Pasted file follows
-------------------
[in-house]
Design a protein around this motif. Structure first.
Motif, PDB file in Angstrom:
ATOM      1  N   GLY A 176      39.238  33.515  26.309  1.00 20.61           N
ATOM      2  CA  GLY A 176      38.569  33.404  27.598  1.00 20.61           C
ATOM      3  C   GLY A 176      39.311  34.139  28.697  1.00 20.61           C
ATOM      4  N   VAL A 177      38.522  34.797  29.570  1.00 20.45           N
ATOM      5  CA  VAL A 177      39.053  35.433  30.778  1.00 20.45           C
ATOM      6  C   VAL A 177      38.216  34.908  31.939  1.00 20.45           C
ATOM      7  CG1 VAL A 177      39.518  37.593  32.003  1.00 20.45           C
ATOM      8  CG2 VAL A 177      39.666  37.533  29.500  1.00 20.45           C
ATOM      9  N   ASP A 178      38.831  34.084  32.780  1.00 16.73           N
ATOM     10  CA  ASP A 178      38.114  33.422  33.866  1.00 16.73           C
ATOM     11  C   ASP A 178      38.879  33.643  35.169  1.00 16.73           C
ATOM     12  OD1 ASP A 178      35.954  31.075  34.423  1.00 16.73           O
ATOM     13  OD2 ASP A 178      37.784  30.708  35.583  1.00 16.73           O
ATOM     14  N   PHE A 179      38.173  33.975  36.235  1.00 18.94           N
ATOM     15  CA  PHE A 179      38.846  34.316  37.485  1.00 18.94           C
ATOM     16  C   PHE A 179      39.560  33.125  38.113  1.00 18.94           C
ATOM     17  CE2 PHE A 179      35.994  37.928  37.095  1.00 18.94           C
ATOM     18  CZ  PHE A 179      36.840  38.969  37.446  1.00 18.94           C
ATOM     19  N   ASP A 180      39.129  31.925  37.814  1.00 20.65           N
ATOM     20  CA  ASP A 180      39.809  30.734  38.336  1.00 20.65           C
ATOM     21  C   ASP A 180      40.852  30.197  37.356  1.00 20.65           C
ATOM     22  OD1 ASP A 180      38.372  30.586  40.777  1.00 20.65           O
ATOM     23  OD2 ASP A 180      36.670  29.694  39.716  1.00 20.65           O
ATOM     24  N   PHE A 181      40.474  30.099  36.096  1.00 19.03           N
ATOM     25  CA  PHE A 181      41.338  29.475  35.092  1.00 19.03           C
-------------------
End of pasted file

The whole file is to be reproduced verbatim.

[in-house]
Design a protein around this motif. Structure first.
Motif, PDB file in Angstrom:
ATOM      1  N   GLY A 176      39.238  33.515  26.309  1.00 20.61           N
ATOM      2  CA  GLY A 176      38.569  33.404  27.598  1.00 20.61           C
ATOM      3  C   GLY A 176      39.311  34.139  28.697  1.00 20.61           C
ATOM      4  N   VAL A 177      38.522  34.797  29.570  1.00 20.45           N
ATOM      5  CA  VAL A 177      39.053  35.433  30.778  1.00 20.45           C
ATOM      6  C   VAL A 177      38.216  34.908  31.939  1.00 20.45           C
ATOM      7  CG1 VAL A 177      39.518  37.593  32.003  1.00 20.45           C
ATOM      8  CG2 VAL A 177      39.666  37.533  29.500  1.00 20.45           C
ATOM      9  N   ASP A 178      38.831  34.084  32.780  1.00 16.73           N
ATOM     10  CA  ASP A 178      38.114  33.422  33.866  1.00 16.73           C
ATOM     11  C   ASP A 178      38.879  33.643  35.169  1.00 16.73           C
ATOM     12  OD1 ASP A 178      35.954  31.075  34.423  1.00 16.73           O
ATOM     13  OD2 ASP A 178      37.784  30.708  35.583  1.00 16.73           O
ATOM     14  N   PHE A 179      38.173  33.975  36.235  1.00 18.94           N
ATOM     15  CA  PHE A 179      38.846  34.316  37.485  1.00 18.94           C
ATOM     16  C   PHE A 179      39.560  33.125  38.113  1.00 18.94           C
ATOM     17  CE2 PHE A 179      35.994  37.928  37.095  1.00 18.94           C
ATOM     18  CZ  PHE A 179      36.840  38.969  37.446  1.00 18.94           C
ATOM     19  N   ASP A 180      39.129  31.925  37.814  1.00 20.65           N
ATOM     20  CA  ASP A 180      39.809  30.734  38.336  1.00 20.65           C
ATOM     21  C   ASP A 180      40.852  30.197  37.356  1.00 20.65           C
ATOM     22  OD1 ASP A 180      38.372  30.586  40.777  1.00 20.65           O
ATOM     23  OD2 ASP A 180      36.670  29.694  39.716  1.00 20.65           O
ATOM     24  N   PHE A 181      40.474  30.099  36.096  1.00 19.03           N
ATOM     25  CA  PHE A 181      41.338  29.475  35.092  1.00 19.03           C